A Short History of French Literature, by George Saintsbury


In the five books of this History the reader has, it is believed, before him a sufficient though necessarily brief description of the various men and works whereof knowledge is desirable to enable him to perceive the main outlines of the course of French literature. In the interchapters some attempt has been made to sum up the general phenomena of that literature as distinguished from its particular accomplishments during the chief periods of its development. Beyond this neither the scale of the book, nor its plan as indicated in the preface, has permitted of indulgence in generalising criticism. But it has been suggested by authorities whose competence is not disputable that something in the nature of a summary of these summaries, pointing out briefly the general history, accomplishments, and peculiarities of the French tongue in its literary aspect during the ten centuries of its existence, is required, if only for the sake of a symmetrical conclusion. It may be urged on the other side that the history of literature — like all other histories, and perhaps more than all other histories — is never really complete, and that there is consequently some danger in attempting at any given time to treat it as finished. He must have been a miraculously acute critic who, if he had attempted such treatment of the present subject sixty or seventy years ago, would not have found his results ludicrously falsified by the event but few years afterwards. But this drawback only applies to generalisation of the pseudo-scientific kind which attempts to predict: it can be easily guarded against by attending to the strict duties of the historian and, without attempting to speak of the future, dealing only with the actually accomplished past.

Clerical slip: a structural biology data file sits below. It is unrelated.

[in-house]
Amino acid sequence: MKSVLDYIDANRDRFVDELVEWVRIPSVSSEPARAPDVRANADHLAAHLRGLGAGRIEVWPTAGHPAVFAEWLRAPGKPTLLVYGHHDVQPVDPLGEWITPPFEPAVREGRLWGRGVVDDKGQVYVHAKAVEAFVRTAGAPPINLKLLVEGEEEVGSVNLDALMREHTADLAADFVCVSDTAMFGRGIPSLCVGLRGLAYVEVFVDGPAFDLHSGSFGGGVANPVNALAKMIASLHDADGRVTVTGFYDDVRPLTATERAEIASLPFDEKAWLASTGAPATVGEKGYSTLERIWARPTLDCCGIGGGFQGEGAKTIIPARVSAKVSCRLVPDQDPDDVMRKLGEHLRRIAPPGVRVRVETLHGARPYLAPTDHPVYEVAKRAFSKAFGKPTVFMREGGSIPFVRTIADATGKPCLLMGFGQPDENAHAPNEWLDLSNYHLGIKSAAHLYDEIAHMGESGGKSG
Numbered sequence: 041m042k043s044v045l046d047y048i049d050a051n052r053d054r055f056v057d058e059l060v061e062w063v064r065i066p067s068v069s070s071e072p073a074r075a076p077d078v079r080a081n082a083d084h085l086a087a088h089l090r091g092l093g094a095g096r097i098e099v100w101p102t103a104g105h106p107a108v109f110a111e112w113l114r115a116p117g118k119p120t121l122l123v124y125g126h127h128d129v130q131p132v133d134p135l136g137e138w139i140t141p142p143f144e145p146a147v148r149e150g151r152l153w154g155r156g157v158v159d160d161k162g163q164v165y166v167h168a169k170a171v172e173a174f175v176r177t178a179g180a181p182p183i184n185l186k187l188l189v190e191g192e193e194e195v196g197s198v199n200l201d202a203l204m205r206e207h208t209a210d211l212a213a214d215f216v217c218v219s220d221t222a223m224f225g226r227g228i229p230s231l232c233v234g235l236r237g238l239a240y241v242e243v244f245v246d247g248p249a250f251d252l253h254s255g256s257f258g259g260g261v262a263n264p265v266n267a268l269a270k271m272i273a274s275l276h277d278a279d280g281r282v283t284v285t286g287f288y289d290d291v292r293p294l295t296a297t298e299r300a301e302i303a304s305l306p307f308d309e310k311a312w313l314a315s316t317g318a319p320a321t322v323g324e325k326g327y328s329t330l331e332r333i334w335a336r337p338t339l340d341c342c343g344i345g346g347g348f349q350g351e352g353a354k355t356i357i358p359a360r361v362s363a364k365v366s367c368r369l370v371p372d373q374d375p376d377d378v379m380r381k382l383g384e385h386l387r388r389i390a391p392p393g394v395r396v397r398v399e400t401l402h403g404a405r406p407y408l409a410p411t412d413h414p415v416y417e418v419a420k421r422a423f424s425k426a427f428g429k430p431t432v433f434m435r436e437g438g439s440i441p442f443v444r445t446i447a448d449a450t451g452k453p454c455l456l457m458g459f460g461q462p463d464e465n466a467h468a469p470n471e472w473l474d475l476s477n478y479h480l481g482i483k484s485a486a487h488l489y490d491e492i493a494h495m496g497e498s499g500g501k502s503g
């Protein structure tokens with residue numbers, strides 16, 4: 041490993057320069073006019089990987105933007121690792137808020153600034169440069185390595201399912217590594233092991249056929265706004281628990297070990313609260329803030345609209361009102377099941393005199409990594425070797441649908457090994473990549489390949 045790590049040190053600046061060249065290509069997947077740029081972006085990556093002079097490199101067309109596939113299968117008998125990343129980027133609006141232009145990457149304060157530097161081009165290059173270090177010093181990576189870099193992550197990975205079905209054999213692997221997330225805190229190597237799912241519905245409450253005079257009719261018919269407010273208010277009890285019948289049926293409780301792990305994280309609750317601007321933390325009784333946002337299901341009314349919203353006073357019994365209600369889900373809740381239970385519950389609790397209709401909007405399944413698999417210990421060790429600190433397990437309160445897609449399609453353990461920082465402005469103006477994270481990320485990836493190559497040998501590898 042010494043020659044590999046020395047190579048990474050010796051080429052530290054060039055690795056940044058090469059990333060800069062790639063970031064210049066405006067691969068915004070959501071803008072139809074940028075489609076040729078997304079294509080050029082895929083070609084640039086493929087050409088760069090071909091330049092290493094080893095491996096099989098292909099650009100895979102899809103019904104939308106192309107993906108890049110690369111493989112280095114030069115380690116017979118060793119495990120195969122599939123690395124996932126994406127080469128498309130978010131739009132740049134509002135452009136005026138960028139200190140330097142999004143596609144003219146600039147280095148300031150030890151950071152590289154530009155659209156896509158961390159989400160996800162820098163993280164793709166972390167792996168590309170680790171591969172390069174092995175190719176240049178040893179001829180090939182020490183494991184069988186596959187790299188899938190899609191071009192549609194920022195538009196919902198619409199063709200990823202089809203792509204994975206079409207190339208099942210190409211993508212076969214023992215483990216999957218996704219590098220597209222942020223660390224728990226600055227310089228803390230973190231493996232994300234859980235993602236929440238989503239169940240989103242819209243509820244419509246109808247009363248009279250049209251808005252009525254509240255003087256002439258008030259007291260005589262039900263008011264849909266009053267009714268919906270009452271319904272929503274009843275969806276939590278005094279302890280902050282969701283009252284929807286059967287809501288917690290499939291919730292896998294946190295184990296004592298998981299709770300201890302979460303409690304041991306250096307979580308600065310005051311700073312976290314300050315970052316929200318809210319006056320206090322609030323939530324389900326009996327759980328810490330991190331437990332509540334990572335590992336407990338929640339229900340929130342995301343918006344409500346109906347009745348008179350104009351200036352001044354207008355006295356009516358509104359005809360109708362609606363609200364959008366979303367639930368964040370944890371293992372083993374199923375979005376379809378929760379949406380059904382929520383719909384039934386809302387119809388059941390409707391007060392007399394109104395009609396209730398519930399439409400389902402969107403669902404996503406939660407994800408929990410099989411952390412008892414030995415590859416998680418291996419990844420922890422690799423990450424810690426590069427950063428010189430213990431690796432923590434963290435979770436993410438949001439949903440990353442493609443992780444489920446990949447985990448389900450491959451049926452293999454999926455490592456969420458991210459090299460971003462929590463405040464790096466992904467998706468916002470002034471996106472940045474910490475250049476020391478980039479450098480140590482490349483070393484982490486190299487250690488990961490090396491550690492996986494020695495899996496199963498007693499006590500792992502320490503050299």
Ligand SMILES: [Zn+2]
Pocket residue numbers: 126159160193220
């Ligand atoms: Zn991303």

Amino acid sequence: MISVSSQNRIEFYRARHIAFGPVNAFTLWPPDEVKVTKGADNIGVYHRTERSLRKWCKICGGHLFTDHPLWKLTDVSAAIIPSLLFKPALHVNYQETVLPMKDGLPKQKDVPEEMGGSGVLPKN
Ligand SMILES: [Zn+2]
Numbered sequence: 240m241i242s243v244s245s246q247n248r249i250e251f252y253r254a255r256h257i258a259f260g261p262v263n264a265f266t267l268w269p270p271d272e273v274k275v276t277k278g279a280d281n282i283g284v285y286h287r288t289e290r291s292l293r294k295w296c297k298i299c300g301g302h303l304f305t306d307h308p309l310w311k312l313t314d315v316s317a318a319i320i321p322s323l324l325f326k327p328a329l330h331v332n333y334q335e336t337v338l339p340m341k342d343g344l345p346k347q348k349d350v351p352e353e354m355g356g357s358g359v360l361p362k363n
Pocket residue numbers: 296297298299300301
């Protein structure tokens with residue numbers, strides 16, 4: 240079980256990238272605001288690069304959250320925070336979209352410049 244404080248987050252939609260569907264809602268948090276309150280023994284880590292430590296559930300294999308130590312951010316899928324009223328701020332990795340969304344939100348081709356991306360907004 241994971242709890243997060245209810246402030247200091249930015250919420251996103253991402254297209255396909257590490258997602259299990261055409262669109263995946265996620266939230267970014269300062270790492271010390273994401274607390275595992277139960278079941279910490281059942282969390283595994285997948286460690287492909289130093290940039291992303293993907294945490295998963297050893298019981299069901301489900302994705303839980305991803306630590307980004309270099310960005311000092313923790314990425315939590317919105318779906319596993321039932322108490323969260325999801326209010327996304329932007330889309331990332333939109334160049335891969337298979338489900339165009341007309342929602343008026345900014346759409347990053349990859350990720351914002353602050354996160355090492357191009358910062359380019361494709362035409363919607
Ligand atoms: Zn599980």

The first thing, and perhaps the most important thing, which must strike anyone who looks upon French literature as a whole, is that, taking all conditions together, it is the most complete example of a regularly and independently developed national literature that presents itself anywhere. It is no doubt inferior in the point of independence to Greek, but then it has a much longer course, considered as the exponent of national character. It has a shorter course than English, and it is not more generally expository of national characteristics; but then it is for a great part of that course infinitely more independent of foreign influences, and, unlike English, it has scarcely any breaks or dead seasons in its record. Compared with Latin (which as a literature may be said to be entirely modelled on Greek) it is exceptionally original: compared with Spanish and Italian it has been exceptionally long-lived and hale in its life: compared with German it was exceptionally early in attaining the full possession of its faculties. Just as (putting aside minor and somewhat pedantic considerations) no country in Europe has so long and so independently developed a political history, so in none has literary history developed itself more independently and for a longer space of continuous time. No foreign invasion sensibly affects the French tongue; no foreign influence sensibly alters the course of French literature. It has been shown at intervals during this history how little direct influence classical models had on the original forms of literature in France, how completely German and Celtic contributions of subject were assimilated, how the Provençal examples of form were rather independently followed than literally or slavishly adopted. The dawn or rather the twilight of the Renaissance seemed to threaten a more powerful and dangerous admixture. But the native genius of the language triumphed, and finally, in the Pléiade reforms, reduced to harmlessness the Rhétoriqueur innovations and the simultaneous danger of Italianising. The criticism of Malherbe, harmful in some ways, served as a counterpoise to the danger of Spanish influence which was considerable in the early years of the seventeenth century, and by the eighteenth the idiosyncrasy of French was so strong that, great as was the effect successively produced by English and by German, it was unable to do more than slightly modify French literature itself. Yet again the singular αυταρκεια of French may be seen by turning from its general accomplishments at different times to its particular forms. No one of these was directly adopted from any foreign, not even from any classical example, with the doubtful exception of the classical tragedy. The French made their own epic, their own lyric, their own comic and miscellaneous drama. They may be said almost to have invented the peculiar and striking kind of history called the memoir, which has characteristics distinguishing it radically from the classical commentary. They apparently invented the essay, and though they only borrowed the beast-fable, they are entitled to the credit of having seen in it the germ of the short verse tale which has no direct moral bearing. All the nations of Europe, so to speak, sent during the middle ages their own raw material of subject to be worked up by French or French-speaking men into literary form. France therefore gives (next to Greece, and in some respects even before Greece) the most instructive and trustworthy example extant of the chronology and order of spontaneous literary development — first poetry, then drama, then prose: in poetry, first epic, then lyric, then didactic and miscellaneous verse: in drama, first ceremonial and liturgic pieces, then comedy, then artificial tragedy: in prose, first history, then miscellaneous work, and lastly artificial and elaborate fiction. It is a curious and somewhat complex phenomenon that the cycle which began with verse fiction should apparently end with fiction in prose, but the foregoing pages will have shewn sufficiently how dangerous it would be to generalise from this.